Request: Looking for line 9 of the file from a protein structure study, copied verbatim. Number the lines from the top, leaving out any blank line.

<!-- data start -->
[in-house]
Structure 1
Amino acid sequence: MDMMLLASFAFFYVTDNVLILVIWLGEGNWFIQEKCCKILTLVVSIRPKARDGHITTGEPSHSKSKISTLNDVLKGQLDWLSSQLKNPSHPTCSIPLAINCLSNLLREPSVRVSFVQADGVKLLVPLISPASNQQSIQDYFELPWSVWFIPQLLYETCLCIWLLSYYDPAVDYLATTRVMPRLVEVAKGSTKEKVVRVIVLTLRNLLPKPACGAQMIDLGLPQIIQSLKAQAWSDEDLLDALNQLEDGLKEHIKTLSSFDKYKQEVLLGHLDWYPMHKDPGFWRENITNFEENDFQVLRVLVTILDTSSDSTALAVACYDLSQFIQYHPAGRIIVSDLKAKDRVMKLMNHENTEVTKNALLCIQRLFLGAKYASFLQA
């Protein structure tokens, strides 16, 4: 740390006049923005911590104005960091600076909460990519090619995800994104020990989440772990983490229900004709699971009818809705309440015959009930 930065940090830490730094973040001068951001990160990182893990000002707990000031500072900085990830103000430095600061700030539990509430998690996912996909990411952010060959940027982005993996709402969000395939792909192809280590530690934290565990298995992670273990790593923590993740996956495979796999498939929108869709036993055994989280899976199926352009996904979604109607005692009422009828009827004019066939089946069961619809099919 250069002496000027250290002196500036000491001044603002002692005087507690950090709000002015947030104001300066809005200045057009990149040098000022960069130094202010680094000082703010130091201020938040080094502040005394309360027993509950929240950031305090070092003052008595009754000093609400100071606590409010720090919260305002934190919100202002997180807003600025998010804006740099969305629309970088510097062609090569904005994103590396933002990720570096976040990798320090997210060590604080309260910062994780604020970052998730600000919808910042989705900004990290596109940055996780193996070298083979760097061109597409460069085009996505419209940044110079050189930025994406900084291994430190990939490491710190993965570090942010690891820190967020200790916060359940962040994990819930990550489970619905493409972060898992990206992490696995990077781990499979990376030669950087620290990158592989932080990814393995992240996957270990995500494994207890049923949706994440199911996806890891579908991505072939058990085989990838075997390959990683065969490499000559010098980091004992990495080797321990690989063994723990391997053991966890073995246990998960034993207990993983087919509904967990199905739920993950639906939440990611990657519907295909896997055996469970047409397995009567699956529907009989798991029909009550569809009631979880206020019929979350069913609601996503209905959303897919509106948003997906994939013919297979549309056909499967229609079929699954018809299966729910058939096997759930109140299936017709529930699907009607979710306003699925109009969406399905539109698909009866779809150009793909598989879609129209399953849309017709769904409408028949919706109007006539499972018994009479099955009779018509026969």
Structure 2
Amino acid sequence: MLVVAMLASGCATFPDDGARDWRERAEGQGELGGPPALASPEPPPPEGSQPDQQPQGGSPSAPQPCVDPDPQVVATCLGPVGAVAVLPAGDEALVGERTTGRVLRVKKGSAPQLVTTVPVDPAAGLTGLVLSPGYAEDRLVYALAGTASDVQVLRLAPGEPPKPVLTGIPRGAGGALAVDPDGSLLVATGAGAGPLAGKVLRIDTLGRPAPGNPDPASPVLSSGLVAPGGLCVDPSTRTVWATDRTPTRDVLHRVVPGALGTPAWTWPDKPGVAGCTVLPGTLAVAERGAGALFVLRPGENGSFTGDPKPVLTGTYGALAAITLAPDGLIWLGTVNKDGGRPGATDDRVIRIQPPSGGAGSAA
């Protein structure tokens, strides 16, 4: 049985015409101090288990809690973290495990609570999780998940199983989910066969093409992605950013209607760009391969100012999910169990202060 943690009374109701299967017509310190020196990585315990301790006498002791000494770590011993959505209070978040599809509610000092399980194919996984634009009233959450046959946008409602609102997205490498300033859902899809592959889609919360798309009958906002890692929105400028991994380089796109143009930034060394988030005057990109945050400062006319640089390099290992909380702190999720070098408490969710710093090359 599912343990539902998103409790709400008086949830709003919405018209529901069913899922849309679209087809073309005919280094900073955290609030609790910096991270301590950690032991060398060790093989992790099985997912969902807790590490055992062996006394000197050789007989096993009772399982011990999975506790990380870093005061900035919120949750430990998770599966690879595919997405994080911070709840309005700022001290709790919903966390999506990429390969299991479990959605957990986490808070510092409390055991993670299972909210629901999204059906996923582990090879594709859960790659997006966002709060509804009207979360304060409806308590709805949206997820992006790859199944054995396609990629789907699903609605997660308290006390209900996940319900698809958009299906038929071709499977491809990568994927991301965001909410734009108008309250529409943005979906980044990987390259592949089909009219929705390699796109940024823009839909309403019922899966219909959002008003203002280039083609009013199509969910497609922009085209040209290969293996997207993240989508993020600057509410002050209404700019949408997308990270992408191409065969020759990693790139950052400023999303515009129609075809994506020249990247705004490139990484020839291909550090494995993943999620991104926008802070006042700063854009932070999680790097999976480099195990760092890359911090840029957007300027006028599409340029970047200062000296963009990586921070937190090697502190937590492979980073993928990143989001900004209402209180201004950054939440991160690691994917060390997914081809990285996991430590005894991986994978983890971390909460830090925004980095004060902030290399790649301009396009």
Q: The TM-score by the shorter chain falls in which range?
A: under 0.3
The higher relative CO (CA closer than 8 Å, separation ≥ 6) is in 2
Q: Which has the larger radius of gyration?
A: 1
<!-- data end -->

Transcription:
A: under 0.3